Jan. 31 (UPI) -- Germany, France and Britain have found a roundabout way for companies to continue doing business with Iran without violating U.S. sanctions.
The so-called special-purpose vehicle allows European firms with legitimate business interests to use bartering techniques when doing business with Iran, The New York Times reported. The INSTEX mechanism, or Instrument in Support of Trade Exchanges, could be launched soon. Initially, it will focus on areas that haven't been sanctioned by the United States, such as humanitarian goods, Al Jazeera reported.
More details could be announced when foreign ministers meet Thursday in Bucharest, Romania.
The three European countries still have a nuclear deal with Iran, as does Russia and China. President Donald Trump pulled the U.S. out of the Obama-era international agreement in May and reimposed sanctions on Tehran. European countries want to work within the framework of the existing nuclear agreement.
The European Union backs the use of a special financial instrument and all 28 member countries could endorse it.
The United States is using the sanctions as a way to force Iran back to the negotiating table to craft a new nuclear agreement. The country continues to test ballistic missiles that experts say could be outfitted with nuclear weapons.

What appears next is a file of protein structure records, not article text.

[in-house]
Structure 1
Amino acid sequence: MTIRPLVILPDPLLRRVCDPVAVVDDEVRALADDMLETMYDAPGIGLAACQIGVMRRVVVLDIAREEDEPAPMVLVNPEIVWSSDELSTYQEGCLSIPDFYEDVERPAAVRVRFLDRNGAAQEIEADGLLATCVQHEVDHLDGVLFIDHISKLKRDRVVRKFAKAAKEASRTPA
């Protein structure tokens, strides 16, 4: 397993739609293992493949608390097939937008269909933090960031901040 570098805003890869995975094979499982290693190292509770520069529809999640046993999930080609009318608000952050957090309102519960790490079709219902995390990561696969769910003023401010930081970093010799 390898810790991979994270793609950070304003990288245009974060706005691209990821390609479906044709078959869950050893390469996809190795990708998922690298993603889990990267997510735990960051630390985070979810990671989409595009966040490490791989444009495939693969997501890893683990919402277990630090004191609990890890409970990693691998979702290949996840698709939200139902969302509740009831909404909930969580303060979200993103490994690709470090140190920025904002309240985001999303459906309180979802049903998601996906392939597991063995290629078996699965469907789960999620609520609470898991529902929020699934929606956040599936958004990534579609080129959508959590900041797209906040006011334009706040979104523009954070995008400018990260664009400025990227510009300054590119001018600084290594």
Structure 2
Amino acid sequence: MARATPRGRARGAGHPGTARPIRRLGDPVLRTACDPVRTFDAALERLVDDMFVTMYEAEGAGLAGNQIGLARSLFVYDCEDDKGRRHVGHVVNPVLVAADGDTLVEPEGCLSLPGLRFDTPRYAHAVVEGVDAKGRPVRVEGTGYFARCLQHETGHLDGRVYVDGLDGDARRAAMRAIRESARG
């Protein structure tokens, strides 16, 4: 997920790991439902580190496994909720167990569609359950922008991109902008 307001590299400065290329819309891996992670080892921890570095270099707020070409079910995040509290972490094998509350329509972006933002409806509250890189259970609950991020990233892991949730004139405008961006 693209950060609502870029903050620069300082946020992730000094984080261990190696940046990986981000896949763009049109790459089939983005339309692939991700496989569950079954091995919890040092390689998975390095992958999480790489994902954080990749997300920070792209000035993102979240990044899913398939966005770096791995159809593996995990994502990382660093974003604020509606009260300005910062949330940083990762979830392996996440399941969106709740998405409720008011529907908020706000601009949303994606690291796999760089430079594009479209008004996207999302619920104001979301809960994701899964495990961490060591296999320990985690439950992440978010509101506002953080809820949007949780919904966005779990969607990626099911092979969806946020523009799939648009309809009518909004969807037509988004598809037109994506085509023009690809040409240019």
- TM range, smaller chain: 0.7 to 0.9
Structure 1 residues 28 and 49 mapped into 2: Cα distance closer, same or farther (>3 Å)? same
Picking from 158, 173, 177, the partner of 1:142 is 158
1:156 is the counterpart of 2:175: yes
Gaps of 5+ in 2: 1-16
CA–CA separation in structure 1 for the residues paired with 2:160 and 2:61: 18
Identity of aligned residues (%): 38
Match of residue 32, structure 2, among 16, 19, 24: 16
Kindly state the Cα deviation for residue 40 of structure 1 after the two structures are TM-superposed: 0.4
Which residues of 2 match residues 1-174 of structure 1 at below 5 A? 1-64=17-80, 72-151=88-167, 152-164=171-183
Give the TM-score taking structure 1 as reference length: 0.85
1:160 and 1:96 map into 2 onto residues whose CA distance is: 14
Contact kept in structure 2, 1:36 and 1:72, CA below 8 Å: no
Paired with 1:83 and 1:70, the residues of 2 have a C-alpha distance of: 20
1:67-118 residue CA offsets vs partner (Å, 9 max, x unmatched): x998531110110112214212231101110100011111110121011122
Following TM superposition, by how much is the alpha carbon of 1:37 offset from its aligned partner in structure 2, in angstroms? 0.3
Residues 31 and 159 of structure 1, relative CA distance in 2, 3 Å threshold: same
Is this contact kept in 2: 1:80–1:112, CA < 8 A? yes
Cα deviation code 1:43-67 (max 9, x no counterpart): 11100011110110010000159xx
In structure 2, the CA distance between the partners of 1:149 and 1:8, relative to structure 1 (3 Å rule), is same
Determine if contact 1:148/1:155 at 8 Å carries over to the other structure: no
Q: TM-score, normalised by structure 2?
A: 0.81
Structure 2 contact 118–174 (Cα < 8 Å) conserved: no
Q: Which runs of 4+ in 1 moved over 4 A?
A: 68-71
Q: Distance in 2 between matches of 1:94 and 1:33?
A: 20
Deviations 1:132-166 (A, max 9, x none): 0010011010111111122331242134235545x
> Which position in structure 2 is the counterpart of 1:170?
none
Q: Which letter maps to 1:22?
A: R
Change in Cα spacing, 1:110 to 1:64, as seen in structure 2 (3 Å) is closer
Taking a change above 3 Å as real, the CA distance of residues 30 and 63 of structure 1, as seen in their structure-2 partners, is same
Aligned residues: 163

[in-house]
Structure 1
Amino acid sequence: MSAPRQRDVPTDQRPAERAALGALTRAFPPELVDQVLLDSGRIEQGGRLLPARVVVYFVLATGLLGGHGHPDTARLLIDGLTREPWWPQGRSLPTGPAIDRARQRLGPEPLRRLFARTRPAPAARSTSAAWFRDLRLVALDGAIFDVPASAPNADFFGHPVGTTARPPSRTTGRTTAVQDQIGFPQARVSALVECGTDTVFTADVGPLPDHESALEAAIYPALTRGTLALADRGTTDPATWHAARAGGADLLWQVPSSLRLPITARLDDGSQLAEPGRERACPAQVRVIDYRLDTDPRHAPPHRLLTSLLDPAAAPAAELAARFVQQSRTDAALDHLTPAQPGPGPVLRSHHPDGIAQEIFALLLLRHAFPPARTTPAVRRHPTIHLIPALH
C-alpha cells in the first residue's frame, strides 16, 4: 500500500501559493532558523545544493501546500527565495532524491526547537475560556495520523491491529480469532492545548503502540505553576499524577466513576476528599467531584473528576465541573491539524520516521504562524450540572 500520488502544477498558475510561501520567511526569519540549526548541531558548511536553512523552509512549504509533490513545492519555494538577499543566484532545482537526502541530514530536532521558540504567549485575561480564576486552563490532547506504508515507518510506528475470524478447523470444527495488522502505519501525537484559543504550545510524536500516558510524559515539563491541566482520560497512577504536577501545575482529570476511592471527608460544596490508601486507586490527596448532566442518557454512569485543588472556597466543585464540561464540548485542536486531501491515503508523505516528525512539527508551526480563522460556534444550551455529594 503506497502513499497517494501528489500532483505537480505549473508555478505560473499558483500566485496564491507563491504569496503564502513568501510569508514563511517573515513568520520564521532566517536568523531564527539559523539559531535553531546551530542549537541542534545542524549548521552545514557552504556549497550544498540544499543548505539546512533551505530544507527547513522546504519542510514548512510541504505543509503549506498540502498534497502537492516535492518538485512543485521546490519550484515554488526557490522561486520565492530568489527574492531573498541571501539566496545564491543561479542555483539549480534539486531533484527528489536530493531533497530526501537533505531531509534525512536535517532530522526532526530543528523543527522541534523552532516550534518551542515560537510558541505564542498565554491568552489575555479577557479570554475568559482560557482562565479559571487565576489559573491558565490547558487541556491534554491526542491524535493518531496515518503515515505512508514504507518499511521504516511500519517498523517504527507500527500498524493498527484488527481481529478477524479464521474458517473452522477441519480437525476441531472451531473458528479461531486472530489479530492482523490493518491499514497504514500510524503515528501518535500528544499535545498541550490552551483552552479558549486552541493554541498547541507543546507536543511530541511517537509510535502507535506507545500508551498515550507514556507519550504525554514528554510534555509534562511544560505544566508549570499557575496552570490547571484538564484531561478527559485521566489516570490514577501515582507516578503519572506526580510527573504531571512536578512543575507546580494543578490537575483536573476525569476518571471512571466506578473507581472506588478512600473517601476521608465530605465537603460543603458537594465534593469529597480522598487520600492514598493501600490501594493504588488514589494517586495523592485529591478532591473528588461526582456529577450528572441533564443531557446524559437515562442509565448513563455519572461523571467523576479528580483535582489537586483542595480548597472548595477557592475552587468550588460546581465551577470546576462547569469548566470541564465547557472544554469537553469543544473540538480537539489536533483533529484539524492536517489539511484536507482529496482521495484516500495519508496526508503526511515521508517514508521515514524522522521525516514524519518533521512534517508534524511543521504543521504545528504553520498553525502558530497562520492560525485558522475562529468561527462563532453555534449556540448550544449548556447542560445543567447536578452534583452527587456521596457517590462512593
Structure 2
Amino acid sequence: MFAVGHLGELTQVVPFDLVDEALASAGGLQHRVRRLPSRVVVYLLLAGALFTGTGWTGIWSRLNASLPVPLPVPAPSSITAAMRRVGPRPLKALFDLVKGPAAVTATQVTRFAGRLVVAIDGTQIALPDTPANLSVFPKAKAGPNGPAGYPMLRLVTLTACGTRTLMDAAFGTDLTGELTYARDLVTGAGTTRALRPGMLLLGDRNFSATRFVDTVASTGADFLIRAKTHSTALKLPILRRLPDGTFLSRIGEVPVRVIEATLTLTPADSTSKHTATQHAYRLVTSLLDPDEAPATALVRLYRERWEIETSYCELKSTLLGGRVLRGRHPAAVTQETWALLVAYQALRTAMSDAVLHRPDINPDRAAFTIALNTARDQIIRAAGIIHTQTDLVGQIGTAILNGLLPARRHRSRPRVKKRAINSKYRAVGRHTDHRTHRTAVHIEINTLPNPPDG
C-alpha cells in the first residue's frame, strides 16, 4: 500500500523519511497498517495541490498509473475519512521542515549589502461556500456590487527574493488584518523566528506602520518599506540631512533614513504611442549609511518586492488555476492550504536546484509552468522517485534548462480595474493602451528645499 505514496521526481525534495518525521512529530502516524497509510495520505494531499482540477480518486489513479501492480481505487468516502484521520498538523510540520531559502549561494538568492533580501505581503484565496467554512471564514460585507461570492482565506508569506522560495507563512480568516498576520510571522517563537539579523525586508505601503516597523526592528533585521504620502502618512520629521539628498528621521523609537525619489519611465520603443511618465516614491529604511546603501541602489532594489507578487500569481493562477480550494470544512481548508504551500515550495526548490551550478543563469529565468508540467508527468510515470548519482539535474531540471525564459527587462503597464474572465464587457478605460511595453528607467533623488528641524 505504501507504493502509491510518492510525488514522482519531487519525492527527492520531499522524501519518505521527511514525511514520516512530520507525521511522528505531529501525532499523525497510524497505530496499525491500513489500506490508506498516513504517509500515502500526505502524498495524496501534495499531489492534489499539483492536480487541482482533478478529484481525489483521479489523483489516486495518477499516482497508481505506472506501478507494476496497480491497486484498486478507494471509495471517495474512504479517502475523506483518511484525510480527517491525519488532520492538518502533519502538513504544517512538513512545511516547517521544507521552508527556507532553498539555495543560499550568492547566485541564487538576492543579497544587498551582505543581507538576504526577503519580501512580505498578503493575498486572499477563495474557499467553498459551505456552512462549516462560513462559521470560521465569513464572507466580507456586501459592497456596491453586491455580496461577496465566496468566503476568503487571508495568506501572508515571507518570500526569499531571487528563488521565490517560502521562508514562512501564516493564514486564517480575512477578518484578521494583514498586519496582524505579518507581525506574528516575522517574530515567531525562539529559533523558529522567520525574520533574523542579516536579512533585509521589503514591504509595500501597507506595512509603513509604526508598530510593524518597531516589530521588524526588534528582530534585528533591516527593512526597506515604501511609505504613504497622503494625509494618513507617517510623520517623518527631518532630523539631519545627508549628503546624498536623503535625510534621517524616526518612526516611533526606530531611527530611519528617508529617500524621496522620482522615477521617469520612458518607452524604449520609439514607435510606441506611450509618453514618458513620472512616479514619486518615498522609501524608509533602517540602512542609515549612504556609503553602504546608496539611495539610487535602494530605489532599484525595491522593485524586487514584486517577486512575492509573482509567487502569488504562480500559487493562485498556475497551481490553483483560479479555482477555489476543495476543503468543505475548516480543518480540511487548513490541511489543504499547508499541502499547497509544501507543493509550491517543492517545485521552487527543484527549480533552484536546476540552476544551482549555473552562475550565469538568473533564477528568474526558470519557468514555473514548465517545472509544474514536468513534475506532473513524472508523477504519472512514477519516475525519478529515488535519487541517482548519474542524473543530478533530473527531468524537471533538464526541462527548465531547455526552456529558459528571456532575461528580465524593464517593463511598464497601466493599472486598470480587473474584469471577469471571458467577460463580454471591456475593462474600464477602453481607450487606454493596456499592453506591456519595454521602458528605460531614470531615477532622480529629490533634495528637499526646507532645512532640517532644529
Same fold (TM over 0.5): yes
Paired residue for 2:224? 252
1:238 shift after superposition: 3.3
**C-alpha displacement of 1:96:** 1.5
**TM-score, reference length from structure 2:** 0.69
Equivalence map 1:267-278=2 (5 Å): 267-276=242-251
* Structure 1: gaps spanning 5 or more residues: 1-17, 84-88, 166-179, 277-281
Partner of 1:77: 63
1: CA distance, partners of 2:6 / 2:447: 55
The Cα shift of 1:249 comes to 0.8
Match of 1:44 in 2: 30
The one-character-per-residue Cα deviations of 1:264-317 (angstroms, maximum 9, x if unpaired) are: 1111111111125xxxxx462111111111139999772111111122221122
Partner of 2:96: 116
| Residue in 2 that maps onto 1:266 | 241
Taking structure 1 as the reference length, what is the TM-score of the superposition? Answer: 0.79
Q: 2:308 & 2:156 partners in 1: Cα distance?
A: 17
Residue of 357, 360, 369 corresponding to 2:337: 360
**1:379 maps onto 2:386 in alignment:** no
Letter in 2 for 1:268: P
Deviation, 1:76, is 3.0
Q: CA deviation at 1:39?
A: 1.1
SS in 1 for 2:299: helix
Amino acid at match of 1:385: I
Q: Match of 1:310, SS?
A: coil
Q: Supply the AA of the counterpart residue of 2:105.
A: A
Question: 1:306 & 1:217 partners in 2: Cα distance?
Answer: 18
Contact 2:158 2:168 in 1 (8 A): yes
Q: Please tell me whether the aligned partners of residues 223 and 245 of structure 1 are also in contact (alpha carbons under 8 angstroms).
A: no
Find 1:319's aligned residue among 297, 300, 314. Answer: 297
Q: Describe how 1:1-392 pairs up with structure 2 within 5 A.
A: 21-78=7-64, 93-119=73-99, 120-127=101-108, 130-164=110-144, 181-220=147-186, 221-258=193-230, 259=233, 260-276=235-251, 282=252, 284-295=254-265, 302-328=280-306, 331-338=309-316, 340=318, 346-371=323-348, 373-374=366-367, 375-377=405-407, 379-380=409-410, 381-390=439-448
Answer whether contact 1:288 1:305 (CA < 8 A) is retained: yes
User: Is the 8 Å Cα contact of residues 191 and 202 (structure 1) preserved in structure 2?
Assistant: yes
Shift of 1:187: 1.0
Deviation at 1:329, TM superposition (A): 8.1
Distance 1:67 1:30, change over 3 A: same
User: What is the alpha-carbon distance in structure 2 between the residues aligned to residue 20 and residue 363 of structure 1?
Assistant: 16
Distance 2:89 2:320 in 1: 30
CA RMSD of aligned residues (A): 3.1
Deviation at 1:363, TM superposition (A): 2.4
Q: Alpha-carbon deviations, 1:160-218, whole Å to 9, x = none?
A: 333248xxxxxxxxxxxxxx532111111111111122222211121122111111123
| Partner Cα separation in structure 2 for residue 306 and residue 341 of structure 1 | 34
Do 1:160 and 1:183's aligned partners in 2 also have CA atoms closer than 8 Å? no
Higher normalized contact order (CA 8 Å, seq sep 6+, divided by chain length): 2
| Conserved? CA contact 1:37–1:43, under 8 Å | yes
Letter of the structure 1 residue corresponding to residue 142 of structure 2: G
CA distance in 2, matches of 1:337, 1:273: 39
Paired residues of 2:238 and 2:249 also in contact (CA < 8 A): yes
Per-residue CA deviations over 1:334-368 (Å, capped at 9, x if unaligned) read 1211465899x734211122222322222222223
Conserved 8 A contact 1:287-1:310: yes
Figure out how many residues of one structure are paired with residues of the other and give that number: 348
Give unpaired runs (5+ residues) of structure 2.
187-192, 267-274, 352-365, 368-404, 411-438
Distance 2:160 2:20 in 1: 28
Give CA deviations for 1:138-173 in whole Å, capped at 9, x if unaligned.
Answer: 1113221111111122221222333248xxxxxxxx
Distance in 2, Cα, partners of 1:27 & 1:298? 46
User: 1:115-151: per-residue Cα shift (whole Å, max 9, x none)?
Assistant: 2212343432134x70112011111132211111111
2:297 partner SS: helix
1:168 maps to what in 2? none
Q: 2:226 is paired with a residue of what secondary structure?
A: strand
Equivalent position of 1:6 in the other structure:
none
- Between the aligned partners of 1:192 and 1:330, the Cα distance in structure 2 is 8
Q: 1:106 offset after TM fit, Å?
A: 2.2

U.S. intelligence told Congress on Tuesday that Iran was in compliance with the terms of the nuclear deal, which covers nuclear activities, not missile development.
On Wednesday, Trump fired back, calling Iran "a source of potential danger and conflict" while also saying their "economy is crashing, which is the only thing holding them back."
He also targeted U.S. intelligence experts, saying they "should go back to school."
So far, Iran hasn't given any indication it will make a new deal with the United States. This week, Iran is celebrating the 40th anniversary of the country's Islamic Revolution.
Iranian observers question whether sending humanitarian goods, such as medicine, food and medical devices, will be effective.
"I don't think the EU is either willing or able to stand up to Trump's threat," University of Tehran professor Foad Izadi said in the Al Jazeera report. "The EU is not taking the nuclear deal seriously and it's not taking any action to prove to Iran otherwise ... People are running out of patience."